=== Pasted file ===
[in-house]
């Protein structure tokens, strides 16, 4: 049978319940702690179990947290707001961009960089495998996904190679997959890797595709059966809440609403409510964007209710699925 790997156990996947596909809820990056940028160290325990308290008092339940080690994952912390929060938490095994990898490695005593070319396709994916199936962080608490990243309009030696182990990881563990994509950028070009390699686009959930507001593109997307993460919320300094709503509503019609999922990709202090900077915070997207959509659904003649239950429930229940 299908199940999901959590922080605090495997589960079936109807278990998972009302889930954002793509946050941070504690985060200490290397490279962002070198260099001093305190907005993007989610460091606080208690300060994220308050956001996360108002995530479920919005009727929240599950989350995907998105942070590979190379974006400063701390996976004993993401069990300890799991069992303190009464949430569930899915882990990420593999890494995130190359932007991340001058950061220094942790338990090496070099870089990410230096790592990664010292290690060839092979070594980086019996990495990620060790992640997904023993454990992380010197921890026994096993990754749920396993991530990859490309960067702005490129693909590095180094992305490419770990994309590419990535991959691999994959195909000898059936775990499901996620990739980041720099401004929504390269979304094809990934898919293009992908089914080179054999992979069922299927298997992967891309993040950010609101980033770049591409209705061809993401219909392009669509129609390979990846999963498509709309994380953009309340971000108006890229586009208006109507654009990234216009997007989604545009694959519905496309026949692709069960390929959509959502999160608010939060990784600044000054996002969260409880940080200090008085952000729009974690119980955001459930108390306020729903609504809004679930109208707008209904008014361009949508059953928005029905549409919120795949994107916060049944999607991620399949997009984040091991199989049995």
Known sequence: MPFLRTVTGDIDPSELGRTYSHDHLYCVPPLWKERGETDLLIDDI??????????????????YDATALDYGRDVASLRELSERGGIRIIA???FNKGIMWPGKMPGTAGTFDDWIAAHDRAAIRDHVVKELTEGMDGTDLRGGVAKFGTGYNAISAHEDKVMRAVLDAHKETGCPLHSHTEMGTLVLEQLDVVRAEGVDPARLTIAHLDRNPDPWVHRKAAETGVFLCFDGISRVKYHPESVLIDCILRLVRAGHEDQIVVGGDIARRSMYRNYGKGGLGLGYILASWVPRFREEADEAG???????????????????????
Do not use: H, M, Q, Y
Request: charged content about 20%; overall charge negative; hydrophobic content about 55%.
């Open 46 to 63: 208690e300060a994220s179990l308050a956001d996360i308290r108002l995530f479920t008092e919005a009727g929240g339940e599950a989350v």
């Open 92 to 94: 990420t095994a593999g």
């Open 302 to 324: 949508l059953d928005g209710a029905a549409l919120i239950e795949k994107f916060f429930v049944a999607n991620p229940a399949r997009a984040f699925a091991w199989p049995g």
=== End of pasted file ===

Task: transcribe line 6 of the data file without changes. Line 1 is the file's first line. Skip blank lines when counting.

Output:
């Open 46 to 63: 208690e300060a994220s179990l308050a956001d996360i308290r108002l995530f479920t008092e919005a009727g929240g339940e599950a989350v």